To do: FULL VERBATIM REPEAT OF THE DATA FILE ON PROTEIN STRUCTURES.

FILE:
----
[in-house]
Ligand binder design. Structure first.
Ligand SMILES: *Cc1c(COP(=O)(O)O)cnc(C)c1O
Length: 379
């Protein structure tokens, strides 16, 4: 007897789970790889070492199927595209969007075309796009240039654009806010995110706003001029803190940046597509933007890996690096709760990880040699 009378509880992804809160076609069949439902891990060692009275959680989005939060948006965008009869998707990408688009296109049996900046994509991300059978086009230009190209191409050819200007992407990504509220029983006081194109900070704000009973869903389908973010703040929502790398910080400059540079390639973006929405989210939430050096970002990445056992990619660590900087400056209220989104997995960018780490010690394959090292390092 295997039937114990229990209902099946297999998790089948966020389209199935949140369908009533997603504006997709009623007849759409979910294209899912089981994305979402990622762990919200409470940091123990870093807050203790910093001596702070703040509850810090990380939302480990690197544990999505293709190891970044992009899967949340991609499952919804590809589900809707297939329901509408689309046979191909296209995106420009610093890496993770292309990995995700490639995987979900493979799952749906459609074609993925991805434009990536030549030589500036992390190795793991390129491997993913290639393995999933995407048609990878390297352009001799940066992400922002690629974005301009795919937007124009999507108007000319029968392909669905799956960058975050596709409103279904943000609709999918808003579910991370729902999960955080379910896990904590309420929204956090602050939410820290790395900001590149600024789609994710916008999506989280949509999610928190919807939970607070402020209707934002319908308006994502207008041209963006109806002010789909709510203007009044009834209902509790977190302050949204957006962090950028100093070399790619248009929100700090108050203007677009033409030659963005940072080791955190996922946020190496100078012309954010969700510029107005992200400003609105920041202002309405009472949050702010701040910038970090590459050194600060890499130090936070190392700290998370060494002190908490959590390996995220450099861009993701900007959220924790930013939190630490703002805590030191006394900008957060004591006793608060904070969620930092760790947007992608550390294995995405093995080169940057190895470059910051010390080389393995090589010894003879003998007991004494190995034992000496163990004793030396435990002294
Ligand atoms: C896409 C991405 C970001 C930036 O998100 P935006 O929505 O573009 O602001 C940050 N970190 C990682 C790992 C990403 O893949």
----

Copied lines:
[in-house]
Ligand binder design. Structure first.
Ligand SMILES: *Cc1c(COP(=O)(O)O)cnc(C)c1O
Length: 379
């Protein structure tokens, strides 16, 4: 007897789970790889070492199927595209969007075309796009240039654009806010995110706003001029803190940046597509933007890996690096709760990880040699 009378509880992804809160076609069949439902891990060692009275959680989005939060948006965008009869998707990408688009296109049996900046994509991300059978086009230009190209191409050819200007992407990504509220029983006081194109900070704000009973869903389908973010703040929502790398910080400059540079390639973006929405989210939430050096970002990445056992990619660590900087400056209220989104997995960018780490010690394959090292390092 295997039937114990229990209902099946297999998790089948966020389209199935949140369908009533997603504006997709009623007849759409979910294209899912089981994305979402990622762990919200409470940091123990870093807050203790910093001596702070703040509850810090990380939302480990690197544990999505293709190891970044992009899967949340991609499952919804590809589900809707297939329901509408689309046979191909296209995106420009610093890496993770292309990995995700490639995987979900493979799952749906459609074609993925991805434009990536030549030589500036992390190795793991390129491997993913290639393995999933995407048609990878390297352009001799940066992400922002690629974005301009795919937007124009999507108007000319029968392909669905799956960058975050596709409103279904943000609709999918808003579910991370729902999960955080379910896990904590309420929204956090602050939410820290790395900001590149600024789609994710916008999506989280949509999610928190919807939970607070402020209707934002319908308006994502207008041209963006109806002010789909709510203007009044009834209902509790977190302050949204957006962090950028100093070399790619248009929100700090108050203007677009033409030659963005940072080791955190996922946020190496100078012309954010969700510029107005992200400003609105920041202002309405009472949050702010701040910038970090590459050194600060890499130090936070190392700290998370060494002190908490959590390996995220450099861009993701900007959220924790930013939190630490703002805590030191006394900008957060004591006793608060904070969620930092760790947007992608550390294995995405093995080169940057190895470059910051010390080389393995090589010894003879003998007991004494190995034992000496163990004793030396435990002294
Ligand atoms: C896409 C991405 C970001 C930036 O998100 P935006 O929505 O573009 O602001 C940050 N970190 C990682 C790992 C990403 O893949």